The test has you rank how frequently in the past month you have demonstrated 24 universally valued qualities. The result is a “profile” that highlights and affirms your strengths. Instead of focusing on achievements, this test recognizes actions such as
- “speaking up for what is right even if there is opposition” (bravery)
- “not seeking the spotlight” (humility)
- “taking responsibility for one’s feelings and actions” (integrity)
- “persisting in a course of action in spite of obstacles” (persistence)
- “not saying or doing things that might later be regretted” (prudence)
- “being aware of the motives and feelings of other people” (social intelligence)
- “working well as a member of a group” (teamwork)
This is the test to take on a day you’re feeling down or have had it with criticism! Post your current profile on the refrigerator. Perhaps set a goal for yourself to enhance a strength or two. Then retest occasionally to see how you’re doing. Above all, delight in the positives of who you are! They are an important part of an accurate picture.
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What does "generic" really mean?
This year many popular brand-name drugs will become available in generic form. Are they as good?
The Food and Drug Administration approves both brand-name and generic drugs. The two medicines are identical in
- active ingredient(s), strength, quality, safety, and how they work;
- required lab testing to prove they are absorbed 80% – 125% as well as the original (the average tends to be 96% – 104%);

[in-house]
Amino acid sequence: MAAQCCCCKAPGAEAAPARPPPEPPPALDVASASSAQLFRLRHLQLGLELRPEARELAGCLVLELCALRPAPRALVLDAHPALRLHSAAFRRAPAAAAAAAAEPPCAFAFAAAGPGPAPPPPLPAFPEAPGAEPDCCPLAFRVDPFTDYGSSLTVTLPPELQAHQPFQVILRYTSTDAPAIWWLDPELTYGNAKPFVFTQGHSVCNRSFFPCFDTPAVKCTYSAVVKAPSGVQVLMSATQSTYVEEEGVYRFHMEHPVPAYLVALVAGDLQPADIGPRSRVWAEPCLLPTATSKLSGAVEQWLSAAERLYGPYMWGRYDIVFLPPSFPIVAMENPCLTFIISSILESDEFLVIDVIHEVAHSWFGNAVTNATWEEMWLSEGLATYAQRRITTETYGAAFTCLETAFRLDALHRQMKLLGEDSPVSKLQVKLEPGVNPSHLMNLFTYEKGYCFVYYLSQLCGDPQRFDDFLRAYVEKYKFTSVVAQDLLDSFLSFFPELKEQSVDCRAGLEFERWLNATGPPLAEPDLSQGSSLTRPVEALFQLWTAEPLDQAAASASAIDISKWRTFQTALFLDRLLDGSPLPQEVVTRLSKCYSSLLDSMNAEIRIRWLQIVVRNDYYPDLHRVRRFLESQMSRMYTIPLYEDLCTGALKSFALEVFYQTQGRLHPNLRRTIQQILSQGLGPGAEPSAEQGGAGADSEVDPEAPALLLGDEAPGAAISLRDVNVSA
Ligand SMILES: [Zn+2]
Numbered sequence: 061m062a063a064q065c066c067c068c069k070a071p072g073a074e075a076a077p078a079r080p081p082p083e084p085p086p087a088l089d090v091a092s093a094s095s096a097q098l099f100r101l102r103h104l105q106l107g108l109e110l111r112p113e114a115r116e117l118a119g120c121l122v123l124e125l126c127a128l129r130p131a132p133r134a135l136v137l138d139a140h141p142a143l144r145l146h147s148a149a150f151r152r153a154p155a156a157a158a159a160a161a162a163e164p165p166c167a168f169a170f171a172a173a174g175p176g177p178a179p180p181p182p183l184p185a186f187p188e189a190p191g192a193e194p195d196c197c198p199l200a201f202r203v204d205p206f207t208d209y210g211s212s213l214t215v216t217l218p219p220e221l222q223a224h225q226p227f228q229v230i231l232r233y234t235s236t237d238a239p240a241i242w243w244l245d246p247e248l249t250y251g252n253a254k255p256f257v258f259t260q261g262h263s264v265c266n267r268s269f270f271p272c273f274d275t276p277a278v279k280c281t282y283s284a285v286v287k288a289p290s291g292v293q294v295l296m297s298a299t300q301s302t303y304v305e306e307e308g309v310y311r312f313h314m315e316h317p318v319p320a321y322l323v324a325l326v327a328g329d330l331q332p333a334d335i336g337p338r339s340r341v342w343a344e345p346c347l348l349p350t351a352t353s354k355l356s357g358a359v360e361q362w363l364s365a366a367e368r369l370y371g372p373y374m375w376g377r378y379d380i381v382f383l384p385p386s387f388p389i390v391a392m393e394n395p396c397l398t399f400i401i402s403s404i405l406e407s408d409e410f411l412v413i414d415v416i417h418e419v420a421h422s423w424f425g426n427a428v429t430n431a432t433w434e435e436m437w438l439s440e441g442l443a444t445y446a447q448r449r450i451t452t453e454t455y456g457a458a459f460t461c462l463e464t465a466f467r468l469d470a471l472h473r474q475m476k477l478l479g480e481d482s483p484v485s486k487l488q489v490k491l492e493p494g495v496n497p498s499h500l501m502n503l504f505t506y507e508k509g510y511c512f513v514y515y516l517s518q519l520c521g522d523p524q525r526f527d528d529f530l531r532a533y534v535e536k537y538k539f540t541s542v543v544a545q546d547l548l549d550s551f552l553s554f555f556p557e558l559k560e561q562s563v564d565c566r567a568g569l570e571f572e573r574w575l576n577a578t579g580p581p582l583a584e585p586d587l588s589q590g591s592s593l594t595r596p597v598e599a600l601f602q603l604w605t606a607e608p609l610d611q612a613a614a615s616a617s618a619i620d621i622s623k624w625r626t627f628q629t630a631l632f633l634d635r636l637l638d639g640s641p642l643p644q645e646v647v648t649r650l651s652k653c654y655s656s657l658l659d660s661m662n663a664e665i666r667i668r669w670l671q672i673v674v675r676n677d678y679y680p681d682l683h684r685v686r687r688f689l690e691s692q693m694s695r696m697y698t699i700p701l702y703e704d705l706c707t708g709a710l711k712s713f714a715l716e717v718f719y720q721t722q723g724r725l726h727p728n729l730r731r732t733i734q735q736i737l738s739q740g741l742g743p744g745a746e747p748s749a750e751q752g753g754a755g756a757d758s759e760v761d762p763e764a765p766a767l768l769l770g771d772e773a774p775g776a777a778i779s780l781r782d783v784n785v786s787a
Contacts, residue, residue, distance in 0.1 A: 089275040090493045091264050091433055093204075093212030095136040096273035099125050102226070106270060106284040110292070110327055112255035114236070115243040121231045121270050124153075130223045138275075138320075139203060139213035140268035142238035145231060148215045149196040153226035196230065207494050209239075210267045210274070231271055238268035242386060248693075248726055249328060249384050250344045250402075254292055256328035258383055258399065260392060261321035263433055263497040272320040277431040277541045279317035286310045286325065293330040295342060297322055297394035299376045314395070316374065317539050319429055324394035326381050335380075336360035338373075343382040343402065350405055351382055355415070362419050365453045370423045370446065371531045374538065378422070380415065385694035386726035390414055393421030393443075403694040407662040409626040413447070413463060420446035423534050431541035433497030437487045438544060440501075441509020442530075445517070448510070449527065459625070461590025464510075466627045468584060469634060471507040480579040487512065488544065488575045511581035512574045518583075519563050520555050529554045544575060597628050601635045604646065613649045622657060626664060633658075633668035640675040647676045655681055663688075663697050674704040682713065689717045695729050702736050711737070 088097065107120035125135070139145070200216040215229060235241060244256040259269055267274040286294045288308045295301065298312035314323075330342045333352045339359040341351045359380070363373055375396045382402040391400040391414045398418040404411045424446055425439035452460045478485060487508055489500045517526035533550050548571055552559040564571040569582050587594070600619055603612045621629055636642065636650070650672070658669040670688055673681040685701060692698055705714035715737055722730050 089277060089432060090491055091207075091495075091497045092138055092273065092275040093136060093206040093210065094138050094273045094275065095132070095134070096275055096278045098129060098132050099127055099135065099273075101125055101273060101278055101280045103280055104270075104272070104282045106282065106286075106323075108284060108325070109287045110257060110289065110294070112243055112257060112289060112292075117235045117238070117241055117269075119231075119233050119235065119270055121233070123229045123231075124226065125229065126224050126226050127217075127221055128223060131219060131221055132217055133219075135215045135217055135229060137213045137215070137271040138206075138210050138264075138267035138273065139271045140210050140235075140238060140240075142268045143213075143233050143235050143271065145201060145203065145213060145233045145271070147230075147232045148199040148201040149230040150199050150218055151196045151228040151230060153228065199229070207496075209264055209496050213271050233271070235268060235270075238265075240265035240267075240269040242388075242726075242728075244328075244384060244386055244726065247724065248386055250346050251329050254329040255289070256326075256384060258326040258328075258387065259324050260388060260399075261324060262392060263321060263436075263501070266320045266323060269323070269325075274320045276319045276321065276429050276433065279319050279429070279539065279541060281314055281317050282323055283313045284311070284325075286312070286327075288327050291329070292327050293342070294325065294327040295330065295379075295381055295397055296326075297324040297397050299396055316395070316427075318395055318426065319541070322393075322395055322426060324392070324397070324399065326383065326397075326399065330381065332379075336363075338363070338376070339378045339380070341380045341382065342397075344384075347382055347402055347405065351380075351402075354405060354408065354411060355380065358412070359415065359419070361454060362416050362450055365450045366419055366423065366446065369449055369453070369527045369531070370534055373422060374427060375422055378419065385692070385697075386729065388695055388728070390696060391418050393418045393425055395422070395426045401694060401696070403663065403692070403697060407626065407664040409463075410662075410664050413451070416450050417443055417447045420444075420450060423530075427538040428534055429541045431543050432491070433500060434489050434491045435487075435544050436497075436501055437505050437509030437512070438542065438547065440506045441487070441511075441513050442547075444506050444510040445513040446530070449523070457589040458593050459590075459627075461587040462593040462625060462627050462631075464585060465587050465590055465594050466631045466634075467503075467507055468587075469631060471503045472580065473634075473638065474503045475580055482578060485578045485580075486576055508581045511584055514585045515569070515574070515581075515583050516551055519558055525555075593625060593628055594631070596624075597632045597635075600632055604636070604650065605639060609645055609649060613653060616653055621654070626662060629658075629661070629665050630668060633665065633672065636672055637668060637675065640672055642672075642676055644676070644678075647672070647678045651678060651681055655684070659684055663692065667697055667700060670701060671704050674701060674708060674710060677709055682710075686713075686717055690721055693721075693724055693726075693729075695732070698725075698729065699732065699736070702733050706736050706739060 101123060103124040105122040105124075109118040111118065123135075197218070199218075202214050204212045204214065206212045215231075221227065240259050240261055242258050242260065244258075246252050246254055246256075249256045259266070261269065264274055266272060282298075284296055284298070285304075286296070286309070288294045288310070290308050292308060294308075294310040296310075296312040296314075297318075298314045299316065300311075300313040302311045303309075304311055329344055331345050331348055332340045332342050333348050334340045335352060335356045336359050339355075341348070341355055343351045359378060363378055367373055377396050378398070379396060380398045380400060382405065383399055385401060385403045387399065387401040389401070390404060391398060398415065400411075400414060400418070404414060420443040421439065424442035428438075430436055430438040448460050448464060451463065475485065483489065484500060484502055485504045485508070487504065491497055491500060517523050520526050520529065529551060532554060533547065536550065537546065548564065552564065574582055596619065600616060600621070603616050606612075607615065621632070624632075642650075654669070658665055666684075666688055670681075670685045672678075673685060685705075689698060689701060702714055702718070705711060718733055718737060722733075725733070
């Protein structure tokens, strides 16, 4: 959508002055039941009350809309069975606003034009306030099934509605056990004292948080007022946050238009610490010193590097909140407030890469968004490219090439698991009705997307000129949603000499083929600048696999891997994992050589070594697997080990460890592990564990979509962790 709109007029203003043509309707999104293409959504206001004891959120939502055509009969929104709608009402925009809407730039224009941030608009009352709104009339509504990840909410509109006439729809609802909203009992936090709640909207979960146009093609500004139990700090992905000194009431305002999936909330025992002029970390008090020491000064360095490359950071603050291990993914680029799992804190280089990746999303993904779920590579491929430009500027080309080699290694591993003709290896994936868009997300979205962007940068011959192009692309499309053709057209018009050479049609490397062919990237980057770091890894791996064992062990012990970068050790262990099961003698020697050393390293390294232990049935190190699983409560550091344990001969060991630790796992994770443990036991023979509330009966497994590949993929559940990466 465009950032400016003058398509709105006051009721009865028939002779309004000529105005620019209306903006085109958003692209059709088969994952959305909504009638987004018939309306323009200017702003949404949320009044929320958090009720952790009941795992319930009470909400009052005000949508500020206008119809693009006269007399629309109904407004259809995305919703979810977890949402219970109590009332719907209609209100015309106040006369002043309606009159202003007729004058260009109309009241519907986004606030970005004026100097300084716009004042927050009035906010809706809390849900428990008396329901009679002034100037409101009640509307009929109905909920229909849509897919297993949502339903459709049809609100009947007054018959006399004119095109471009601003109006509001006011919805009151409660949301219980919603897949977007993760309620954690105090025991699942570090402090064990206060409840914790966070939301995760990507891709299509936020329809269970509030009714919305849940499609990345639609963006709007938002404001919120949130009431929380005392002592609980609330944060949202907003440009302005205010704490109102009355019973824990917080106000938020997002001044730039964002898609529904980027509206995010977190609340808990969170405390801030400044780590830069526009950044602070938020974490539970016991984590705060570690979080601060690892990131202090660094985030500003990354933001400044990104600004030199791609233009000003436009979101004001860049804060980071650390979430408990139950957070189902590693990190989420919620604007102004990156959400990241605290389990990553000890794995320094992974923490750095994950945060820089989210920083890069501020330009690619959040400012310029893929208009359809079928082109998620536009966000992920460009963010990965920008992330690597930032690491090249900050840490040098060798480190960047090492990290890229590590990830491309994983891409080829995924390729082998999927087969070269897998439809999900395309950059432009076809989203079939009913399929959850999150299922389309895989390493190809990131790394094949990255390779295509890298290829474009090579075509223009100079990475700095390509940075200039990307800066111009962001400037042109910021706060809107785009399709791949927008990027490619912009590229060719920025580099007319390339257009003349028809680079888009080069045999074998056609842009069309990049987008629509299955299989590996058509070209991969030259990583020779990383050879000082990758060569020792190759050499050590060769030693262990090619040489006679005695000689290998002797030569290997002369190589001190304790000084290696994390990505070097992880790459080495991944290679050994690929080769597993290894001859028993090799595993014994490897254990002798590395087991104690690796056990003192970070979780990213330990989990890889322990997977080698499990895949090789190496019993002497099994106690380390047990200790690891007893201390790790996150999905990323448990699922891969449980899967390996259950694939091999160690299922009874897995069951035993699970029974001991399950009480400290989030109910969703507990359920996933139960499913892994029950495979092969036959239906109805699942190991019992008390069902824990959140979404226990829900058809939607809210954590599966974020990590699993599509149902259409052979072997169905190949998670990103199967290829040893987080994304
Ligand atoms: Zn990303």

- manufacturing standards that ensure consistency and purity.
Brand-name and generic drugs are different in
- inactive ingredients, such as colors, fillers, binders, and flavorings;
- appearance, such as shape, size, and color;
- clinical testing on humans, which is not required for generics;
- name, because the generic’s is scientific instead of created for advertising.
The biggest difference is cost. Generic drugs cost about one-third as much as their brand-name equals. For instance, $50 instead of $150.
Why are brand-name drugs so expensive? It takes a lot of money and time to develop a new drug. In particular, it must be tested to show it works and is safe for humans. Patent laws give an innovator company 10 to 20 years to sell the drug with no competition. When the patent expires, any company can develop the generic equivalent. It is less expensive because they don’t have to repeat the testing.
Is there a downside to generics? Not generally. Some consumers in online forums write that the generic has not worked as well. Others mention more or different side effects. But there is no scientific evidence or study to explain or support these personal reports.
Always talk with your doctor or pharmacist before making a drug switch.
If no generic is available, you may still be able to save on drug costs by
• checking with other stores for a better price or a senior discount;
• buying in bulk or through a mail-order company.